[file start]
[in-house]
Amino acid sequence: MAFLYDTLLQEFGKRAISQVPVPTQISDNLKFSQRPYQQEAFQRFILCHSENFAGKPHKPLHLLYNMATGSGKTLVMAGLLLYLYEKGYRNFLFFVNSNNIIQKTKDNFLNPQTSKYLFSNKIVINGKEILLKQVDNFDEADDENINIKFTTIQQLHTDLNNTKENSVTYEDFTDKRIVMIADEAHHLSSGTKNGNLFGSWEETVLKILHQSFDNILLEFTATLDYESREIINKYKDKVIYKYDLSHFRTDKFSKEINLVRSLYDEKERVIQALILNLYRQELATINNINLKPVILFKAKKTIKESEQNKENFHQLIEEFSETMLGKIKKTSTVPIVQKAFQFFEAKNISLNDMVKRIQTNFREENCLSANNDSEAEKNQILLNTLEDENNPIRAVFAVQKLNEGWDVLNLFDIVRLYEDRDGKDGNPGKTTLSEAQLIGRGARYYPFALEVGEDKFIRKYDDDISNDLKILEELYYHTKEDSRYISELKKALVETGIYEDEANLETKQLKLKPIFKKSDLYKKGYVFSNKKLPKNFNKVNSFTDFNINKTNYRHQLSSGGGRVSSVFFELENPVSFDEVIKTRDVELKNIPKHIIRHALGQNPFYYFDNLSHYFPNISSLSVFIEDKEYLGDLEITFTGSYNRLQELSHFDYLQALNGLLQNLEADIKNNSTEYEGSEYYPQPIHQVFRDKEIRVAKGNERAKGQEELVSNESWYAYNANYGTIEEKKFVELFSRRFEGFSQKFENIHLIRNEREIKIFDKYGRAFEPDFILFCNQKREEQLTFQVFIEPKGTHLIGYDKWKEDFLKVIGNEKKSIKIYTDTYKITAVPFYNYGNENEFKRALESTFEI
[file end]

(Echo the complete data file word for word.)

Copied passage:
[in-house]
Amino acid sequence: MAFLYDTLLQEFGKRAISQVPVPTQISDNLKFSQRPYQQEAFQRFILCHSENFAGKPHKPLHLLYNMATGSGKTLVMAGLLLYLYEKGYRNFLFFVNSNNIIQKTKDNFLNPQTSKYLFSNKIVINGKEILLKQVDNFDEADDENINIKFTTIQQLHTDLNNTKENSVTYEDFTDKRIVMIADEAHHLSSGTKNGNLFGSWEETVLKILHQSFDNILLEFTATLDYESREIINKYKDKVIYKYDLSHFRTDKFSKEINLVRSLYDEKERVIQALILNLYRQELATINNINLKPVILFKAKKTIKESEQNKENFHQLIEEFSETMLGKIKKTSTVPIVQKAFQFFEAKNISLNDMVKRIQTNFREENCLSANNDSEAEKNQILLNTLEDENNPIRAVFAVQKLNEGWDVLNLFDIVRLYEDRDGKDGNPGKTTLSEAQLIGRGARYYPFALEVGEDKFIRKYDDDISNDLKILEELYYHTKEDSRYISELKKALVETGIYEDEANLETKQLKLKPIFKKSDLYKKGYVFSNKKLPKNFNKVNSFTDFNINKTNYRHQLSSGGGRVSSVFFELENPVSFDEVIKTRDVELKNIPKHIIRHALGQNPFYYFDNLSHYFPNISSLSVFIEDKEYLGDLEITFTGSYNRLQELSHFDYLQALNGLLQNLEADIKNNSTEYEGSEYYPQPIHQVFRDKEIRVAKGNERAKGQEELVSNESWYAYNANYGTIEEKKFVELFSRRFEGFSQKFENIHLIRNEREIKIFDKYGRAFEPDFILFCNQKREEQLTFQVFIEPKGTHLIGYDKWKEDFLKVIGNEKKSIKIYTDTYKITAVPFYNYGNENEFKRALESTFEI